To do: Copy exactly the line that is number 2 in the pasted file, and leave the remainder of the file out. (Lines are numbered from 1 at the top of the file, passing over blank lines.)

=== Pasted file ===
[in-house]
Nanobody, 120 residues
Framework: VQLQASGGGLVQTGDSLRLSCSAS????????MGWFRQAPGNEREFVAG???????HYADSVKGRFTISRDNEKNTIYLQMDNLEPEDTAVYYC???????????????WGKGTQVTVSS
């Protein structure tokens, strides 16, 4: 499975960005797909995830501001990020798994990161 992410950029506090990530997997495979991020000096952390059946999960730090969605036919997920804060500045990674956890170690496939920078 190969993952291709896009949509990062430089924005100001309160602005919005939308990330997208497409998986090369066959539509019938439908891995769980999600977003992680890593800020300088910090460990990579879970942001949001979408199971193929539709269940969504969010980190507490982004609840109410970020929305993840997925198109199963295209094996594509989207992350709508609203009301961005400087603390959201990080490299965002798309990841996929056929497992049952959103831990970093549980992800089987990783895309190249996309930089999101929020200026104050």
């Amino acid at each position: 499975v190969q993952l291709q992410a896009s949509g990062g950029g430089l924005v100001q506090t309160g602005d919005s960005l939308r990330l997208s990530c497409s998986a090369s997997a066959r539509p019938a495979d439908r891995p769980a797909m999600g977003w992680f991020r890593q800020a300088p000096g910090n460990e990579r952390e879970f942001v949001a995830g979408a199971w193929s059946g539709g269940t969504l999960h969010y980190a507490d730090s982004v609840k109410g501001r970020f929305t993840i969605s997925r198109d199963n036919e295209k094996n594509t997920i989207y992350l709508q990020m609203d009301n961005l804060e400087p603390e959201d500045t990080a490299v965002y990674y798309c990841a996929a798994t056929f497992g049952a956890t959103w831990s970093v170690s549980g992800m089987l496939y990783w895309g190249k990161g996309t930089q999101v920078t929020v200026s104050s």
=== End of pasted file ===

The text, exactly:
Nanobody, 120 residues